Dr Paul Shore has always been passionate about breast cancer, but when his wife Linda found a lump, his work suddenly took on a new meaning.

Friday 5 September 2014      Research Stories
A personal touch: Linda and Dr Paul Shore

For Dr Shore, the drive to help breast cancer patients through research is what motivates him every day. It’s vital work – and it became personal in August 2008, when his wife Linda found a lump in her breast.

“I had it tested the same day, and quickly found out it was a malignant tumour,” Linda recalls, “Once I had that diagnosis, we both knew what it meant.”

After the diagnosis

From then on, Linda knew she just had to get on with it. “We both dealt with it differently. At that point, I think Paul found it difficult because he knew what was coming next. Sometimes he knew too much, but at the same time, it meant I was able to ask all the right questions, and it helped that Paul could explain everything to me.”

One of Paul’s colleagues at Manchester Breast Centre, Professor Nigel Bundred, performed a lumpectomy on Linda, but a few weeks after the surgery, she was told that her cancer was a different type to the initial diagnosis. “It was ER-positive, which meant treating it with tamoxifen, as well as being invasive lobular carcinoma, rather than DCIS.”

Lobular cancer is harder to detect because it doesn’t stay in one place; it gets into the breast tissue without necessarily forming a single lump.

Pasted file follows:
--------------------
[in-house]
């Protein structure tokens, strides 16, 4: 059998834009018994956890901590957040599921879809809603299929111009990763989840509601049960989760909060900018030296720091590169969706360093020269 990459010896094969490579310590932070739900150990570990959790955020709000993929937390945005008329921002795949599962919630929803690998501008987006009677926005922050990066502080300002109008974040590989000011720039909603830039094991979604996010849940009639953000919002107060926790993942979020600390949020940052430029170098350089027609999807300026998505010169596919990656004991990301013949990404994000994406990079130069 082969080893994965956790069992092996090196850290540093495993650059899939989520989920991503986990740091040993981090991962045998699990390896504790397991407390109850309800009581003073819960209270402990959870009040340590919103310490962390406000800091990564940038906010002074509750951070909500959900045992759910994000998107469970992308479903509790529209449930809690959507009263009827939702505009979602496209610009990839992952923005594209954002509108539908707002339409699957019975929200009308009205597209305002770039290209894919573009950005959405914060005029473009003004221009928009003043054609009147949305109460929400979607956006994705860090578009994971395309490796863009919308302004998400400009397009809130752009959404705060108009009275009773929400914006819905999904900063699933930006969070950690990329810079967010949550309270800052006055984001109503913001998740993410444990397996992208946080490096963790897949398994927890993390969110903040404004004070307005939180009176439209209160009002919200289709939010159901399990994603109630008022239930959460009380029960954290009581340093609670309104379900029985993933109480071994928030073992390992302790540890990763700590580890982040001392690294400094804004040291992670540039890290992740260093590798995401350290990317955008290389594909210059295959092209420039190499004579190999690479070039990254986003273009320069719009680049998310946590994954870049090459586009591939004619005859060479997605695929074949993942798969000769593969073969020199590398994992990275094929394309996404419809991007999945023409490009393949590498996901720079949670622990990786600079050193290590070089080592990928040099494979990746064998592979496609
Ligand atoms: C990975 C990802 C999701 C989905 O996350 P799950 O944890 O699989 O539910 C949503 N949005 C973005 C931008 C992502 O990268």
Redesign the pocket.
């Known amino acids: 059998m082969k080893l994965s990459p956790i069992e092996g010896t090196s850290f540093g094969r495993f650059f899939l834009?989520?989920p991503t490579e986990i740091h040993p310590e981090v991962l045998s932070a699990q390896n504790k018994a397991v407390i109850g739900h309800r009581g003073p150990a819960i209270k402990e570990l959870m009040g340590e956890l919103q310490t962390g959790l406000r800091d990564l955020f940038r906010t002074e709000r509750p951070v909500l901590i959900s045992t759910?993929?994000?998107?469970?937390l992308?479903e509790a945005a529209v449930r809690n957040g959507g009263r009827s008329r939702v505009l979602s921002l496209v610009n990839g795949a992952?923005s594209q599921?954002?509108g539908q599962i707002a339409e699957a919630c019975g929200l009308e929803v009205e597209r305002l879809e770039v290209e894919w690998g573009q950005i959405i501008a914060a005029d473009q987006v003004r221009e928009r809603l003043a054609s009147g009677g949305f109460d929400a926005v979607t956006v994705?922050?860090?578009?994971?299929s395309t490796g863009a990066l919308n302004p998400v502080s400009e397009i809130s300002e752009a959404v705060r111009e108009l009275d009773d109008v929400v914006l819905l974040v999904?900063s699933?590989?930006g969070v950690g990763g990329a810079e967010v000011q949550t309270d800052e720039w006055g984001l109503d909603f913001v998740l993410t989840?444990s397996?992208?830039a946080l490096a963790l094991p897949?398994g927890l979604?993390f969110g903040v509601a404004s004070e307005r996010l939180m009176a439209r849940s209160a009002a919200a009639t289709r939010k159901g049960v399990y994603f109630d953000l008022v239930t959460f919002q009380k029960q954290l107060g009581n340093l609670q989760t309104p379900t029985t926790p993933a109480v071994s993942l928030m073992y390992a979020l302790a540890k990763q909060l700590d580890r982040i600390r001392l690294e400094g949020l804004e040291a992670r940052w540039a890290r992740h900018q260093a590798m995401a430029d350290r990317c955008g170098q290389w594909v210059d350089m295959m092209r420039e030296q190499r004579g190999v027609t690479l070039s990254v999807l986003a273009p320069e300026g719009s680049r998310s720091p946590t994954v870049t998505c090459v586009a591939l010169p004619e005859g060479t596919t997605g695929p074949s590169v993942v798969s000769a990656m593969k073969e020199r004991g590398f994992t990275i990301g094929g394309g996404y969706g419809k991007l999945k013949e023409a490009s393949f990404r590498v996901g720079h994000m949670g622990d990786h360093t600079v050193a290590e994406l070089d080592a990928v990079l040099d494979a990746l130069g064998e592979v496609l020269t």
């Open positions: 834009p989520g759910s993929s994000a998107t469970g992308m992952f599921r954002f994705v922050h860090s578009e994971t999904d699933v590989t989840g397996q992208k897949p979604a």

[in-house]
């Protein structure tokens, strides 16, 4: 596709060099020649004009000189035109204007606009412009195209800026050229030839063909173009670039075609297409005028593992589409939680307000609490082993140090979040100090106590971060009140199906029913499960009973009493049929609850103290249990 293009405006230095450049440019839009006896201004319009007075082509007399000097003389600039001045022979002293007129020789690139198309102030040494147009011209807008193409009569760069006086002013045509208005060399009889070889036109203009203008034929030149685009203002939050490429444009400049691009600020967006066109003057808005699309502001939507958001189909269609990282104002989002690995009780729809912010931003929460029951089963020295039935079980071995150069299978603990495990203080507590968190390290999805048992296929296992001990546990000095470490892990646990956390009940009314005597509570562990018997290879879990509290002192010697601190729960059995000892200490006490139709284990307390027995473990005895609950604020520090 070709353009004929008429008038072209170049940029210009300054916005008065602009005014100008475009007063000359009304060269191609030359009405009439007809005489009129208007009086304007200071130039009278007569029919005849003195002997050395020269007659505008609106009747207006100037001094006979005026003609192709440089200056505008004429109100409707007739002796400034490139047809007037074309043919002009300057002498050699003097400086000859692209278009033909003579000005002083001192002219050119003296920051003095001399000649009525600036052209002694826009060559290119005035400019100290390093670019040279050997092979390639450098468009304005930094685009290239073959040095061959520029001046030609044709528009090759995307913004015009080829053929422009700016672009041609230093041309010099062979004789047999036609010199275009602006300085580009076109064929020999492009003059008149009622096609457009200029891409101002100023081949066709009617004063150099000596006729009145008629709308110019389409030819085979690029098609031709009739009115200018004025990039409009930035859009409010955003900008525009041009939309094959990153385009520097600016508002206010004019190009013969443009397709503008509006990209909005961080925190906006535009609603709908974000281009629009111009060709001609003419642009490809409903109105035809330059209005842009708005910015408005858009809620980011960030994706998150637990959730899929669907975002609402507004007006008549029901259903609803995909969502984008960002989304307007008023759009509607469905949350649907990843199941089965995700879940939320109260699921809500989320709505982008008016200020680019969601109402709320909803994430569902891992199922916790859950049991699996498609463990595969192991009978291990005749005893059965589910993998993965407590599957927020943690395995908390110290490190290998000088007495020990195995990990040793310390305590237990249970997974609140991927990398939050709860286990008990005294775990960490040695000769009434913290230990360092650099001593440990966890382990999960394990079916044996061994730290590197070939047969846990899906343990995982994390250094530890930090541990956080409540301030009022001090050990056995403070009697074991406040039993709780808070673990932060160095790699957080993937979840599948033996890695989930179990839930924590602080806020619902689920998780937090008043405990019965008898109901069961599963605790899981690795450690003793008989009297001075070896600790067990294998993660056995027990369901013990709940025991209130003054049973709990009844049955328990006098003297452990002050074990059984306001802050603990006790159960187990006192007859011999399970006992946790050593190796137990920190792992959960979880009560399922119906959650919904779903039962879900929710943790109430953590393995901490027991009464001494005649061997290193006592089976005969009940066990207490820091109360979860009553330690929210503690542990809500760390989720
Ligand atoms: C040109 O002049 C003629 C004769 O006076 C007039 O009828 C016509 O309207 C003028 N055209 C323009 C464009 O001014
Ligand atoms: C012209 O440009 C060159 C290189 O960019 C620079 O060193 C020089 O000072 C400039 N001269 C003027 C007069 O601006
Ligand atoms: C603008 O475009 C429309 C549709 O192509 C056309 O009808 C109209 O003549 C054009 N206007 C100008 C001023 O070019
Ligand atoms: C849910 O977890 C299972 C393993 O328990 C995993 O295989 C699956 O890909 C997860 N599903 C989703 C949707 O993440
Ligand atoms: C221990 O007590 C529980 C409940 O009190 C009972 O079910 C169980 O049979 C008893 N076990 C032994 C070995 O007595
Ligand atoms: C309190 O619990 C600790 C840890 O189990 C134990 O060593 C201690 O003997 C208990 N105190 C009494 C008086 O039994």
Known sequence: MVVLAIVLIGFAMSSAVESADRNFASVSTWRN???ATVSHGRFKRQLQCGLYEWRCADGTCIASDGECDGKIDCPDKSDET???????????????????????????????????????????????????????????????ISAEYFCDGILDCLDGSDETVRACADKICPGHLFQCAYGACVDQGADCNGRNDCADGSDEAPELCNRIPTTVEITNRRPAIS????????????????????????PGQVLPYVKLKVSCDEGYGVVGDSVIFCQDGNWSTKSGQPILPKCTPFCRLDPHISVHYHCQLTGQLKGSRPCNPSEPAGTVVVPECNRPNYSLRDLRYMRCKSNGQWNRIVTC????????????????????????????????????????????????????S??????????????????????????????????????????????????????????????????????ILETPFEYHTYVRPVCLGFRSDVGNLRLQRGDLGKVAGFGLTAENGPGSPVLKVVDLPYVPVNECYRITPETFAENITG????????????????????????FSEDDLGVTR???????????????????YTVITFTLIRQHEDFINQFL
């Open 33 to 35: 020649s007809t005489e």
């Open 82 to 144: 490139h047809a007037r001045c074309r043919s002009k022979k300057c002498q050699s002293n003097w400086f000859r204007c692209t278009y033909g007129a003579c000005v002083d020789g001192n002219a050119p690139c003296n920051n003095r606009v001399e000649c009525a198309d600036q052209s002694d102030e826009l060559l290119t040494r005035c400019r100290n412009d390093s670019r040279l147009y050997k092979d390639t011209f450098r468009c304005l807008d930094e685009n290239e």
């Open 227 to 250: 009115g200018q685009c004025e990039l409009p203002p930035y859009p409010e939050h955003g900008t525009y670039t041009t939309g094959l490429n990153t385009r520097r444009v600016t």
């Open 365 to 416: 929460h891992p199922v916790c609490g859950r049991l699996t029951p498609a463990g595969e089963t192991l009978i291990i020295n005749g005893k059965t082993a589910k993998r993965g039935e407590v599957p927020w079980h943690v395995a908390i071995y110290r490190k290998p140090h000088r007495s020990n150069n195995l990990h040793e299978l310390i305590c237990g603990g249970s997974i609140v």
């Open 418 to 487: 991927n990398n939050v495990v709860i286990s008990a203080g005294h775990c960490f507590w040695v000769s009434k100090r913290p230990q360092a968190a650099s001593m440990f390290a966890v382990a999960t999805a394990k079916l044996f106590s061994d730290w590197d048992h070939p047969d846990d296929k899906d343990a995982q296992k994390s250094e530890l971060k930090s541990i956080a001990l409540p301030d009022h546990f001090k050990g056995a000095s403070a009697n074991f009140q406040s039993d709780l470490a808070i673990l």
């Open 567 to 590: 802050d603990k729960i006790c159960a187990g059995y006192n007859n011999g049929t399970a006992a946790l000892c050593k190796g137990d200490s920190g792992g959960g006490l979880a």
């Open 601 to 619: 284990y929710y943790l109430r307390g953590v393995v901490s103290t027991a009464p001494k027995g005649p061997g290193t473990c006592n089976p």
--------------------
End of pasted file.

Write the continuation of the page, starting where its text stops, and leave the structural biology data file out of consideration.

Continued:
For Linda, this meant there was only one option – a mastectomy and axillary lymph node clearance.

What about the children?

But first, Linda and Paul faced the difficult task of telling their children, William and Beccy, aged just eight and six. Being so young, both Linda and Paul didn’t know how to break the news to them, nor how they would react, “We knew my appearance would change after the mastectomy and chemotherapy, so I sat with them and read a kids’ book called 'Mummy’s Lump', which made it easier.”

Paul agrees that telling the children was the worst part, “Will went to Scouts the same day I spoke to him, and when someone asked him where his mum was, he replied, ‘Oh, she’s got breast cancer!’ as if it was a common cold. We had to limit the details we gave them at the age, because we didn’t know how it was going to pan out."

Thankfully, Linda’s surgery went well, and she underwent chemotherapy at The Christie hospital in Manchester. “It drained my energy. I’d plummet for a week, crawl back out, and do it all over again. But it was never as bad as I thought it would be.”

While Linda was recovering, Paul took the children to school and to their swimming lessons. “Managing time was tough,” he recalls, “friends helped us when I was at work, but I had to step up to the mark to try and keep things as normal as possible for the kids.”

Linda’s cancer is now under control, and the couple are enjoying family life.

“It’s been a difficult journey,” Paul admits, “but my understanding of breast cancer meant that we knew where we were going, which helped us both. It has just shown me how important it is to pursue breast cancer research.”

Donate to the Lifeline Appeal for Breast Cancer Now

Dr Shore features in the October 2015 BBC Lifeline Appeal to support our work. Find out more about the appeal and how you can donate.

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